I’ve been reading Jerome de Groot’s Consuming History: Historians and heritage in contemporary popular culture — spurred on by some panels at the recent ASECS  and what interests me here is how these two mini-series are presented as historical fiction films, based on history as well as particular novels De Groot writing about the resurgence of history in popular culture. At the same time as academics get ever more sceptical (post-modern) about what we can know of the past, and insist on disillusion and almost disbelief in documentary source, at least “interrogating” them, and self-reflexivity before they will give prizes to anyone; popular culture is devouring historical fiction and it is now respectable, making and going to historical dramas, costume dramas trying to make a comeback (if not based on older great books, based on recent very good ones).


Is there a difference among historical fiction, historic novels (older written in the 18th century, say Tom Jones by Henry Fielding), and films and “real” narrative history. Yes – especially thoroughly researched history which is often thematic as well as narrative and well-documented. But for readers: do you read an older or historic novel differently from the way you read a historical fiction? More is it not so that historical fiction influences the average person’s conception the past and forces into reactionary historical narratives modern concerns.

Do these historical fictions then become part of the fabric of historical knowledge. Yes. In the case of Graham, he is bringing to bear also the strong pro-revolutionary currents of the 1780s and 1790s into discourse – that’s why the books still matter in some ways (also the proto-feminism and some other themes), Mantel’s Wolf Hall is a revision of common understanding of the Tudor era skewed by Bolt’s and the 1960s desire to worship Thomas More. Morrison’s Beloved is now part of our understanding of the effects of slavery – and the horrific reconstruction period for black people down south. I reviewed Heffer’s High Minds – historian writing popular narrative and it is Tory paternalism that is brought before us despite all his research.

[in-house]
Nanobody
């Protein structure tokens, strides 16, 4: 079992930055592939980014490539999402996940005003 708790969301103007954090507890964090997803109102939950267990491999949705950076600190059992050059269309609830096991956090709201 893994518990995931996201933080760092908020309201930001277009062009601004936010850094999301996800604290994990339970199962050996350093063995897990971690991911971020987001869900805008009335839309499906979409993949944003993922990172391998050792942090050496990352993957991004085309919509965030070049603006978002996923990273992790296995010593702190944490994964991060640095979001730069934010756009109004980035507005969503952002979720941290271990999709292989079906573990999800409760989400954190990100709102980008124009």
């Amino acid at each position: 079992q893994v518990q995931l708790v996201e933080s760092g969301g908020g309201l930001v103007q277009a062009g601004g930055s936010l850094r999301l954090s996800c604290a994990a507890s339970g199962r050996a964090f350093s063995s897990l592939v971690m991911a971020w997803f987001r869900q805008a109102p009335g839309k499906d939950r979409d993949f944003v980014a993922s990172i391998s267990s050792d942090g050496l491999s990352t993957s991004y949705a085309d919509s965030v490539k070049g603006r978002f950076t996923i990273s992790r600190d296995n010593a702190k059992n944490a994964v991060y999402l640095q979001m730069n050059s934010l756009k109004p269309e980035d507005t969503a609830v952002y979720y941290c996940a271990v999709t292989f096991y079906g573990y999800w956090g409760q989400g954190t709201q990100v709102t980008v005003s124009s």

Historical fictions, these 20th and 21st century books, the first four Poldarks and Wolf Hall —  on face of it differ considerably from one another and from fictions actually written in the era they are set; yet both are created from imitating these earlier fictions, what is familiar about the earlier literature of the era, and recent other historical fictions and films. There are long traditions in the representation of the Renaissance and the 18th century. Just to begin with the 1960s on (who has not seen Robert Bolt’s A Man for all Seasons, with Orson Wells, Paul Scofield, Robert Shaw, Wendy Hiller) they imitate Jacobean drama and what is felt is true of the 16th century classics (Machiavelli, Montaigne, More) we get these Elizabethan/Tudor political types as seething with subtexts, as all of them ever so intelligent, witty, ironic, guarded, making killing remarks that are funny. Similarly not to go back to Kitty (Paulette Goddard and Ray Milland) but just the two Tom Joneses (1960s and 1998), the 18th century is a time of sexual transgression, rebellions and riots, country life, manliness as building a world. The source here are also the 18th century novels, from Clarissa to Austen, and the French soft-corn porn too (who has not seen Stephen Frears’s Les Liaisons Dangereuses with the smoldering eyes of John Malkovich), and recently movies centering on traditionally heroic masculine males. (When a person writes a novel set in the 19th century today he imitates novels set in the 19th century and conventions about the 19th century that are found in historical fictions set in the 19th century; so Byatt’s Possession imitates George Eliot as seen through the Brontes.)

Now common sense tells us there were as many witty seething ironic and subtextual people about in say the 18th century as the 16th and just as many dullards, obtuse dense people at the court of Henry VIII as at the philistine court of George III who never made an interesting remark in their lives. Documents easily bear me out that Charles James Fox and Sheridan were far more into wit than Thomas Cromwell or Wolsey. In fact that is part of the power of say Thomas Middleton’s plays (a contemporary of Shakespeare): in Middleton’s famous The Changeling the man who is the evil cente of the play, Deflores (played brilliantly in the 1980s by Bob Hoskins in a BBC production) is not articulate and not very bright; worse yet is the silly heroine (played by a young Elizabeth McGovern in the same production) while the smart people (one played by Hugh Grant before he gave up on serious acting) are done in by Deflores. Deflores can’t and doesn’t want to make smart remarks. They are dangerous.